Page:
WASHINGTON — Mitt Romney may need a censor. For himself.
In the last few weeks in Nevada, the man who owns several homes told the state hit tough by the housing crisis: "Don't try and stop the foreclosure process. Let it run its course and hit the bottom."
At one point in Iowa, earlier this year, the former venture capitalist uttered, "Corporations are people," with the country in the midst of a debate over Wall Street vs. Main Street. At an event in economically suffering Florida, the retiree — who is a multimillionaire many times over — told out-of-work voters, "I'm also unemployed."
Over the past year, the Republican presidential candidate has amassed a collection of off-the-cuff comments that expose his vulnerabilities and, taken together, cast him as out-of-touch with Americans who face staggering unemployment, widespread foreclosures and a dire outlook on the economy.
So far, the foot-in-mouth remarks haven't seemed to affect his standing in the nomination race.
Romney has run a far more cautious and disciplined campaign than his losing bid of four years ago. He's kept the focus on his core message: He's the strongest candidate able to beat President Barack Obama on the biggest issue of the campaign, the economy. He still enjoys leading positions in public opinion polls in early primary states and across the nation. Few, if any, of the other Republicans in the race have turned his remarks against him.
Texas Gov. Rick Perry, Romney's chief rival with the money to prove it, is all but certain to try. Perry has already started suggesting that Romney lives a life of privilege while he comes from humble roots. In an interview Friday with CNN, another GOP candidate, former Utah Gov. Jon Huntsman, painted Romney as "a perfectly lubricated weather vane on the important issues of the day."
And Romney's eyebrow-raising comments are tailor-made for critical TV ads.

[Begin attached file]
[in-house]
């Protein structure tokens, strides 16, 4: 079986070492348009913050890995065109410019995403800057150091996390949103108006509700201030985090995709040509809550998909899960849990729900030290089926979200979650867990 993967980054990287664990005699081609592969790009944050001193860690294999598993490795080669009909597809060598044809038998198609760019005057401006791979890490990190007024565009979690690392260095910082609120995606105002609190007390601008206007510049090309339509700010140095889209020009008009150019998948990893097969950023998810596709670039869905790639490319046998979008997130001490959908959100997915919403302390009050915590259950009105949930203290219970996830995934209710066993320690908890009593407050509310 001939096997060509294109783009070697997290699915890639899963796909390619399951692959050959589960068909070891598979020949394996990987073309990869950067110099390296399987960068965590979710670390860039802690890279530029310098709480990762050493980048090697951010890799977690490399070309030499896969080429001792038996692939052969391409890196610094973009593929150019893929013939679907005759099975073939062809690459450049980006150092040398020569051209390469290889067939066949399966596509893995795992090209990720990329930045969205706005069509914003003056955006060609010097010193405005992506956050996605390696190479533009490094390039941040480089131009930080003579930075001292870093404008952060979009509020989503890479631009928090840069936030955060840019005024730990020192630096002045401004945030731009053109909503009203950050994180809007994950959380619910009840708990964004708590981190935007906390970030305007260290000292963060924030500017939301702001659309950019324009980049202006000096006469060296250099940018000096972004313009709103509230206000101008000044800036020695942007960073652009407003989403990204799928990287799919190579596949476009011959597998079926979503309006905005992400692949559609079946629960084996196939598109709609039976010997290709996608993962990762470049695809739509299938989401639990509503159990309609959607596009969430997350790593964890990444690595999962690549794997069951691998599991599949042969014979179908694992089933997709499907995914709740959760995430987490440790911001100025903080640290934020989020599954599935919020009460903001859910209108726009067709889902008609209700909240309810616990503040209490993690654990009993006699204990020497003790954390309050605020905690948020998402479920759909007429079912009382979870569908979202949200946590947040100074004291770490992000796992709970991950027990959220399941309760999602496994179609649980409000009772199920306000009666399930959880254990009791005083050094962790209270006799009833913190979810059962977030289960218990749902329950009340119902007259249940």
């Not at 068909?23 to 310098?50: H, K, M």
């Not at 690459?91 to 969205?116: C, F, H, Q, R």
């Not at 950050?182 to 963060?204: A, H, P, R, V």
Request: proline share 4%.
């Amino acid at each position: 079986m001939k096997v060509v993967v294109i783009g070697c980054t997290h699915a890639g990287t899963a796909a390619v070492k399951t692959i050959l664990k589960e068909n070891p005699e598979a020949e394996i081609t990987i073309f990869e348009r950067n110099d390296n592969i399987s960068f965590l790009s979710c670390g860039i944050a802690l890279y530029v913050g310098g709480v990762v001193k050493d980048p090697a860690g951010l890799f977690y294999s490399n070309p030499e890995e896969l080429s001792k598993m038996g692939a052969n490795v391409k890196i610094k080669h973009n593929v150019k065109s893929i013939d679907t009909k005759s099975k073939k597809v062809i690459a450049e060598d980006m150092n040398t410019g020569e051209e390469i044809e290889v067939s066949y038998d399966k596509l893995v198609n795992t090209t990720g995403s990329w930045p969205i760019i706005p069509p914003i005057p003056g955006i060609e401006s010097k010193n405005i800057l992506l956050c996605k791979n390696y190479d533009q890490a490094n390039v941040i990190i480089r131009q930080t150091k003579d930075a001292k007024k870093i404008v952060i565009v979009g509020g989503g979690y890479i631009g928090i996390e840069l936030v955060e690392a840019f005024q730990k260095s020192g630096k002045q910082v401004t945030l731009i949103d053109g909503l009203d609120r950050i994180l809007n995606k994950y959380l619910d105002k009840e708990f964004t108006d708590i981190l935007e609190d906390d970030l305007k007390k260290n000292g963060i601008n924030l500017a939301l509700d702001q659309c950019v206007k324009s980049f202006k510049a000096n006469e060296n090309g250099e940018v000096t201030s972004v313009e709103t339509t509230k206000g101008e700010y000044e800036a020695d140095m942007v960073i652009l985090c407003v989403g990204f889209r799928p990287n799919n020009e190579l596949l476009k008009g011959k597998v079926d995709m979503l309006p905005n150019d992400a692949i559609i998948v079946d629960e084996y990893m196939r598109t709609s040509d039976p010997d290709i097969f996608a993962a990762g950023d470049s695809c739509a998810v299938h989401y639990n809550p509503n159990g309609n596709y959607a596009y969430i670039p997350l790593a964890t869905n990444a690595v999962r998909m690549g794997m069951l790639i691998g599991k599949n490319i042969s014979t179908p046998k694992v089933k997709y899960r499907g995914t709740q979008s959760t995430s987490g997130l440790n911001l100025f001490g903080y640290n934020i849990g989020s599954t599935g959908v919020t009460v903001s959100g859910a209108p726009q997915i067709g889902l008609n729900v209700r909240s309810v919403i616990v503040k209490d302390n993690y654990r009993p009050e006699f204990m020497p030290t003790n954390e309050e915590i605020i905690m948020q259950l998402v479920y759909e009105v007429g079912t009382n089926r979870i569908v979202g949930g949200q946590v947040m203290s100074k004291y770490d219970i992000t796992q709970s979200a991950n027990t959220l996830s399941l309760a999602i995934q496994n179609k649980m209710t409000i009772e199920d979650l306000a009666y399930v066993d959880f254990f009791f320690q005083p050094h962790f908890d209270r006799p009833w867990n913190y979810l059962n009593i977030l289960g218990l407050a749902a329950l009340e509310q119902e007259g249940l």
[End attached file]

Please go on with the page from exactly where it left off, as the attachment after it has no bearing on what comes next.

Look no further than the Democratic Party and Obama's advisers for proof of that.
Each time Romney says something that makes even his closest aides grimace, Democrats quickly put together a Web video highlighting the remark — a preview of certain lines of attack come the general election should the former Massachusetts governor win the nomination.
"Mitt Romney's message to Arizona? You're on your own," says a new ad by the Democratic National Committee that jumps on Romney's foreclosure remarks.
Romney's team publicly dismisses their boss's occasional loose lips, dismissing them as inconsequential to voters focused on an unemployment rate hovering around 9 percent.
"It's a long campaign and at the end of the day people are going to judge Gov. Romney and his ability to take on President Obama over jobs and the economy. And certainly there will be a lot of back and forth as the campaign progresses," said Russ Schriefer, a Romney strategist.
"This election will be decided on big issues because the issues are so big and so important," Schriefer said. "And not on a gaffe or a mistake or a moment, any particularly moment. It's more about the big moments and who voters see and being able to turn the economy around."
It usually takes more than one gaffe or one mistake to undo a campaign. And other candidates have made their own potentially problematic comments.
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